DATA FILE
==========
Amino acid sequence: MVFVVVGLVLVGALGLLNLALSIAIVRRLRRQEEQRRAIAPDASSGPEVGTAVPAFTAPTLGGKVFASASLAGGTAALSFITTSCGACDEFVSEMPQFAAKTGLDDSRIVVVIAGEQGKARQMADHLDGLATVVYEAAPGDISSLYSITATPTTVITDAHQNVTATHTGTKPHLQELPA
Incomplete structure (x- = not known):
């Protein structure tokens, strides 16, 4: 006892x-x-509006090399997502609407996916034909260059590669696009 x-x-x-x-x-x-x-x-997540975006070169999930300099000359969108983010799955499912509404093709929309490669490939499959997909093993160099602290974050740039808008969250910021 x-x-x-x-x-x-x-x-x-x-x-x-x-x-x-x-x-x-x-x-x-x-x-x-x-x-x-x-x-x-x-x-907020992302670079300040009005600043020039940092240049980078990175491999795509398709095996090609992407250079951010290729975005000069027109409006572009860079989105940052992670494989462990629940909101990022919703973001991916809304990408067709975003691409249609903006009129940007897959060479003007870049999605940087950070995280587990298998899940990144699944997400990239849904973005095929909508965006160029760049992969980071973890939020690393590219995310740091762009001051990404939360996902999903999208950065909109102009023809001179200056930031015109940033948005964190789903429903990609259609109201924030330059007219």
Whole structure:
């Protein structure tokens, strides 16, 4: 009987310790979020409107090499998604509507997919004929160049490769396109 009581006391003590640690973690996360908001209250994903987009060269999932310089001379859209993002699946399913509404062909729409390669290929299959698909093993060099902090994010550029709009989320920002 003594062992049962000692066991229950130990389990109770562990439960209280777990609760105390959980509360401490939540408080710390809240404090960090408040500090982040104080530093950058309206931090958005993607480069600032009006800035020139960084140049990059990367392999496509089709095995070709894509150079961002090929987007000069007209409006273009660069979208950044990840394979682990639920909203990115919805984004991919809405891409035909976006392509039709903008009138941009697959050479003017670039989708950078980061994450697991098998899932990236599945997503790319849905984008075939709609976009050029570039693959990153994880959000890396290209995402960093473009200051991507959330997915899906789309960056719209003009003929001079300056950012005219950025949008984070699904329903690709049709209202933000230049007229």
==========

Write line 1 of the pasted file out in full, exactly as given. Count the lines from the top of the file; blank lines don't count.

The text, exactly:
Amino acid sequence: MVFVVVGLVLVGALGLLNLALSIAIVRRLRRQEEQRRAIAPDASSGPEVGTAVPAFTAPTLGGKVFASASLAGGTAALSFITTSCGACDEFVSEMPQFAAKTGLDDSRIVVVIAGEQGKARQMADHLDGLATVVYEAAPGDISSLYSITATPTTVITDAHQNVTATHTGTKPHLQELPA